This could be bad news for games consoles

Rumours abounding (nice example here from John Gruber) that Apple may be about to announce an updated Apple TV operating system with apps support, possibly integrated into an Apple-branded TV set rather than being available only as a separate box as at present.

(How would you control it? Through a separate iOS device like an iPad?)

This sounds potentially very bad for the traditional games console, a market that seems to be already waning.

If I could only have one secretive, obsessively proprietary company making integrated hardware and software products, with a history of approaching product design a bit differently from its competition, of favouring customer pleasure over technical advantage, and of treating third-party developers in unpredictable and capricious ways… I’d choose Nintendo rather than Apple.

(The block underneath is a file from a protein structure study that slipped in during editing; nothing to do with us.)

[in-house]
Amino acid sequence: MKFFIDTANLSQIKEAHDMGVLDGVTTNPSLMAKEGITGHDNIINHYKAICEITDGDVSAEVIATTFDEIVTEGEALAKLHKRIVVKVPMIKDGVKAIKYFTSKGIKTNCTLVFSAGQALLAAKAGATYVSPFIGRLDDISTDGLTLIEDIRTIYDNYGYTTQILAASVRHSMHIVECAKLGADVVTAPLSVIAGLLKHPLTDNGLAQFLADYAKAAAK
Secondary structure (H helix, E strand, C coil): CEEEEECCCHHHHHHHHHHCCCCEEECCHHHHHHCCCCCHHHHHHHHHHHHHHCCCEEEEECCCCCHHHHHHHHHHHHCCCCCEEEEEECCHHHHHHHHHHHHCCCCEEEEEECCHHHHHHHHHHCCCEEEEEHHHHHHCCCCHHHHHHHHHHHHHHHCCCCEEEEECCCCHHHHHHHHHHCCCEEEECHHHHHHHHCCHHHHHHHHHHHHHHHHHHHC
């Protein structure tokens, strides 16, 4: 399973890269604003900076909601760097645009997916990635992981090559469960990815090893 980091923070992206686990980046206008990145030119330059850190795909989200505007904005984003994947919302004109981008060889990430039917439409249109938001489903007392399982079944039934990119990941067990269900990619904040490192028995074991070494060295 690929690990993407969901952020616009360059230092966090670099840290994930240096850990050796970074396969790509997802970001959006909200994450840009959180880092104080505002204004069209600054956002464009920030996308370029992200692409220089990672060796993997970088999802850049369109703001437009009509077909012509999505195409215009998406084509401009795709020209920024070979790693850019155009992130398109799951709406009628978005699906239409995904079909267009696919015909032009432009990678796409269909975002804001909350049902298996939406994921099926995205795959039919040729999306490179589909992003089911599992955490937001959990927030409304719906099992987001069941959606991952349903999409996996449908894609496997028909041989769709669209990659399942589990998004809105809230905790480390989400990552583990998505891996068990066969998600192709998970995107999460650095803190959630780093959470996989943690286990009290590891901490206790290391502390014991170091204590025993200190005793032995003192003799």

But Nintendo don’t really seem to know what to do at the moment. A pity.

At last, a PC with a decent screen resolution

Pity it’s so small!

I’ve been longing to see a resolution as good as 2048×1536 on a flat-panel 14″ laptop or 19″ desktop screen. Clearly it was possible, but it never arrived.

Perhaps that’s because the one company that seems to take an interest in these things nowadays (Apple) has a desktop operating system that won’t let you change the font size.